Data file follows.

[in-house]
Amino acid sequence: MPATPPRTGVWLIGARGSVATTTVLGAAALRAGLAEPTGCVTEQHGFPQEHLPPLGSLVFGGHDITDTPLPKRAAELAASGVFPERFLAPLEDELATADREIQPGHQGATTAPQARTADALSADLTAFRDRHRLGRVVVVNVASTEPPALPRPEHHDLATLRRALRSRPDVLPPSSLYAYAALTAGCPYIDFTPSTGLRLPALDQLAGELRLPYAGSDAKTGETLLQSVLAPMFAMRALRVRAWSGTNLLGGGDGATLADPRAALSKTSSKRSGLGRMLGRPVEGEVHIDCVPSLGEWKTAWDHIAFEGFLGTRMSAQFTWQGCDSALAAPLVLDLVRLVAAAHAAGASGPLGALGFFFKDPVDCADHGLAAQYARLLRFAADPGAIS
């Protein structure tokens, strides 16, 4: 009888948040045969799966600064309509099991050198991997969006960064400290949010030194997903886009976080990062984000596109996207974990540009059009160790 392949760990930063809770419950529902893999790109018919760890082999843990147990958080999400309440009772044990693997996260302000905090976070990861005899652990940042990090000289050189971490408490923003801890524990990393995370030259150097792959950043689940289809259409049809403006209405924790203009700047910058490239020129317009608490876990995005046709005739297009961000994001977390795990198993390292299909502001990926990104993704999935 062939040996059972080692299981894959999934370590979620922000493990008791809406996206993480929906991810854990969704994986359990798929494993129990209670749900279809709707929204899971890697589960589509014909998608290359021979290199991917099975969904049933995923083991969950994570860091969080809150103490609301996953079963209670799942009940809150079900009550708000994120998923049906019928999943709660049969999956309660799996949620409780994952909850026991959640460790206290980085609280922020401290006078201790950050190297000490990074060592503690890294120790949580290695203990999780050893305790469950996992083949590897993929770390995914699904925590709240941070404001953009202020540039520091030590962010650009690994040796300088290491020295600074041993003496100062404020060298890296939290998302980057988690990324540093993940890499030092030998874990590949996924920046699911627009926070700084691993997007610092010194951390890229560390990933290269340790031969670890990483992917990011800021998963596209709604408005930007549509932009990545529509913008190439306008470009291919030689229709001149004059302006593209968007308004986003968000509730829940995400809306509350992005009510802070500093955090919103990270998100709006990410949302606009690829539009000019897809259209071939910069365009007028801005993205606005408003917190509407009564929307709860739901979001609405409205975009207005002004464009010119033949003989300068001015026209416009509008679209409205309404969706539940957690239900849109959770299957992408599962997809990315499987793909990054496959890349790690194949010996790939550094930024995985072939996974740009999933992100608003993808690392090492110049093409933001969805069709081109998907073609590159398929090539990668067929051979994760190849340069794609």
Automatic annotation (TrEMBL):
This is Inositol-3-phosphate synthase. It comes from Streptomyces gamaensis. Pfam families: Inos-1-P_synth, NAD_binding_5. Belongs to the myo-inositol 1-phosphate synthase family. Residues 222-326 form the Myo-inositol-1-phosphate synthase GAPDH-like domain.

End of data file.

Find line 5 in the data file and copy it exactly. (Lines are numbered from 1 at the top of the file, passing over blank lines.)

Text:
This is Inositol-3-phosphate synthase. It comes from Streptomyces gamaensis. Pfam families: Inos-1-P_synth, NAD_binding_5. Belongs to the myo-inositol 1-phosphate synthase family. Residues 222-326 form the Myo-inositol-1-phosphate synthase GAPDH-like domain.